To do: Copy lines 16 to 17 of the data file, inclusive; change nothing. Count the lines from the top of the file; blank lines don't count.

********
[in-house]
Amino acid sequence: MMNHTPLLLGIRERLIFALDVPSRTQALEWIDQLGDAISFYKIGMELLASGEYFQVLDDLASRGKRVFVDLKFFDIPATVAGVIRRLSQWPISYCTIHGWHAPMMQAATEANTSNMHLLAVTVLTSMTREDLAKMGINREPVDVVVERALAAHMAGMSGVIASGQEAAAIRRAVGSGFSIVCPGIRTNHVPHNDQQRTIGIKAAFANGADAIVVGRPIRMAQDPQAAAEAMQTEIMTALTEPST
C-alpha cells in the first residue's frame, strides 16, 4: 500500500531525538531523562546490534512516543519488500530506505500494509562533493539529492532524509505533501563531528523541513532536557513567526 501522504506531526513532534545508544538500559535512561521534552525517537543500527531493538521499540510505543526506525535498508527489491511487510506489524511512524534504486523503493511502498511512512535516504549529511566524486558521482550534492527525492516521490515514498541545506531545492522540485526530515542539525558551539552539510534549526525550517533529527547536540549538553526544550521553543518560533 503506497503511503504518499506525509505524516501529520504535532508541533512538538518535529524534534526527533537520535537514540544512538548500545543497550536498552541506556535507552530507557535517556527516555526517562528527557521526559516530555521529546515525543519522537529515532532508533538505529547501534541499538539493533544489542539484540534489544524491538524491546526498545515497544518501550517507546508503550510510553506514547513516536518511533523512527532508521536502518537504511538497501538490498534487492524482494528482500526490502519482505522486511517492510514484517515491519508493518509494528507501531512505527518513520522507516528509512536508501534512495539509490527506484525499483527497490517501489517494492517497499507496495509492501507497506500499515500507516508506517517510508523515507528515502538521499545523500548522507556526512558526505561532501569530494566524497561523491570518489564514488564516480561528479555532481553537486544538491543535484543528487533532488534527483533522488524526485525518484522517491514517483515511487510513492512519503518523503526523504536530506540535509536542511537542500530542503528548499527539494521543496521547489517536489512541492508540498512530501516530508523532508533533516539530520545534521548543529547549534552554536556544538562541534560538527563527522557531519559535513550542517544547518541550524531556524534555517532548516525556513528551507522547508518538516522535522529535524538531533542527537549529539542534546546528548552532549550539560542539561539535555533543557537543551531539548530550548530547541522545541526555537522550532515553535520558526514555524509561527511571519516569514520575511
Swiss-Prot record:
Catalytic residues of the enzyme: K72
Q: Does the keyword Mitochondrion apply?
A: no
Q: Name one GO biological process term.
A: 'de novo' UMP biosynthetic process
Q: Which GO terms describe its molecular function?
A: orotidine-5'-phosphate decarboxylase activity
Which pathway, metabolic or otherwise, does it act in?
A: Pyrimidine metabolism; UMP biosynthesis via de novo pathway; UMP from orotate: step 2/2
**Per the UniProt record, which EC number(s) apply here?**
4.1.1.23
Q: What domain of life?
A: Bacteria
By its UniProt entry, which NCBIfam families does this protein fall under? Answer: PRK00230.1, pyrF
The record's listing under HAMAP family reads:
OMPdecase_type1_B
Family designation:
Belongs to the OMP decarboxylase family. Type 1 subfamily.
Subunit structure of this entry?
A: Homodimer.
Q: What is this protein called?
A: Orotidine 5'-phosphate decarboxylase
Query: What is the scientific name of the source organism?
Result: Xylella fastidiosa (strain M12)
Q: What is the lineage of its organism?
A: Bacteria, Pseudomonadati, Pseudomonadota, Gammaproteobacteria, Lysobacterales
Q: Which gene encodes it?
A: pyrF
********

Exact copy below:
Q: What domain of life?
A: Bacteria